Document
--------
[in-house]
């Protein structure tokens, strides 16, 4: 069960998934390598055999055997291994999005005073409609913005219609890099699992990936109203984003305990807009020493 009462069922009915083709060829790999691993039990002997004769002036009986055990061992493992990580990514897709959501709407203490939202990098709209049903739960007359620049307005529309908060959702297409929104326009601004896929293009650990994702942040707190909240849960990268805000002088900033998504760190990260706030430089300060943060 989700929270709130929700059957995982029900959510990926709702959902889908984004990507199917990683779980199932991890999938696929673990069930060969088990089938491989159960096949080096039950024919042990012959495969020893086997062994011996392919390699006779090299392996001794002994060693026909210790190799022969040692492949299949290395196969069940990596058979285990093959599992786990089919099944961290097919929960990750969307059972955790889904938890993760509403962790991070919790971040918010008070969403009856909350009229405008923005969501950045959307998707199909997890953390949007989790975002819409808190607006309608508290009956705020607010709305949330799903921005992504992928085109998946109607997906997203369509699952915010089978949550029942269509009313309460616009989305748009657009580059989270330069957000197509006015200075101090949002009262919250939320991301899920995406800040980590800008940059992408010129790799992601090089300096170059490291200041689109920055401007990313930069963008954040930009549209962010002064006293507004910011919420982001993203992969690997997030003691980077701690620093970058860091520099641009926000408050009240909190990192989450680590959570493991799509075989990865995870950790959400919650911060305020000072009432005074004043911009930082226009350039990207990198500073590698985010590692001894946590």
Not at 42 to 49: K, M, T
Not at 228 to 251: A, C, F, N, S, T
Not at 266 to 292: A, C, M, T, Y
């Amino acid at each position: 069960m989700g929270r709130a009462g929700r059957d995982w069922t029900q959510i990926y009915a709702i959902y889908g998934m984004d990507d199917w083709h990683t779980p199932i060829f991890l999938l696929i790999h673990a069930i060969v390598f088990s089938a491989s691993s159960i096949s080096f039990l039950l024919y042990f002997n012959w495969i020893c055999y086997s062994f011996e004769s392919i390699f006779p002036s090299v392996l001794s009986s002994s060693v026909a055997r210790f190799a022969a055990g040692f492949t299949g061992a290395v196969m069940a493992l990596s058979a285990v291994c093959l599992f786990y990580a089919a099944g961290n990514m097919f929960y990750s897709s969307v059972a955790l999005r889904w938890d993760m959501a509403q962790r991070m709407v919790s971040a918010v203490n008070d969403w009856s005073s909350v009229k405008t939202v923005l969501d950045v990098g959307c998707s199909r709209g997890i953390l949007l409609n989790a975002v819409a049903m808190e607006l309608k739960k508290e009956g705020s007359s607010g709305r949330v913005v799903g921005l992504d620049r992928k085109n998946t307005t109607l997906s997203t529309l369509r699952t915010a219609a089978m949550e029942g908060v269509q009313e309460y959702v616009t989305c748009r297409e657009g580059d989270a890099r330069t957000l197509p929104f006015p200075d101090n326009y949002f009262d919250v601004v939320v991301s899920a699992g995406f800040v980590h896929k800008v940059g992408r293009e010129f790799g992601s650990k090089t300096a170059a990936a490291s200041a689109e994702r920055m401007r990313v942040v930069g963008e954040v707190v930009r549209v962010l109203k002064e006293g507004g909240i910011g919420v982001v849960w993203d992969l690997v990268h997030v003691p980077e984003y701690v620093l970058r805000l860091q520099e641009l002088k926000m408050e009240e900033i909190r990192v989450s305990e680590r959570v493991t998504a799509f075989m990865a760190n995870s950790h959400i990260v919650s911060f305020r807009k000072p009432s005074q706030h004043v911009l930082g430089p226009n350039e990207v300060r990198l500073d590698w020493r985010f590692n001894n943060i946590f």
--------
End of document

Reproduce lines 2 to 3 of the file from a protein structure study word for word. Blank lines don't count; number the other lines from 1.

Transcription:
């Protein structure tokens, strides 16, 4: 069960998934390598055999055997291994999005005073409609913005219609890099699992990936109203984003305990807009020493 009462069922009915083709060829790999691993039990002997004769002036009986055990061992493992990580990514897709959501709407203490939202990098709209049903739960007359620049307005529309908060959702297409929104326009601004896929293009650990994702942040707190909240849960990268805000002088900033998504760190990260706030430089300060943060 989700929270709130929700059957995982029900959510990926709702959902889908984004990507199917990683779980199932991890999938696929673990069930060969088990089938491989159960096949080096039950024919042990012959495969020893086997062994011996392919390699006779090299392996001794002994060693026909210790190799022969040692492949299949290395196969069940990596058979285990093959599992786990089919099944961290097919929960990750969307059972955790889904938890993760509403962790991070919790971040918010008070969403009856909350009229405008923005969501950045959307998707199909997890953390949007989790975002819409808190607006309608508290009956705020607010709305949330799903921005992504992928085109998946109607997906997203369509699952915010089978949550029942269509009313309460616009989305748009657009580059989270330069957000197509006015200075101090949002009262919250939320991301899920995406800040980590800008940059992408010129790799992601090089300096170059490291200041689109920055401007990313930069963008954040930009549209962010002064006293507004910011919420982001993203992969690997997030003691980077701690620093970058860091520099641009926000408050009240909190990192989450680590959570493991799509075989990865995870950790959400919650911060305020000072009432005074004043911009930082226009350039990207990198500073590698985010590692001894946590």
Not at 42 to 49: K, M, T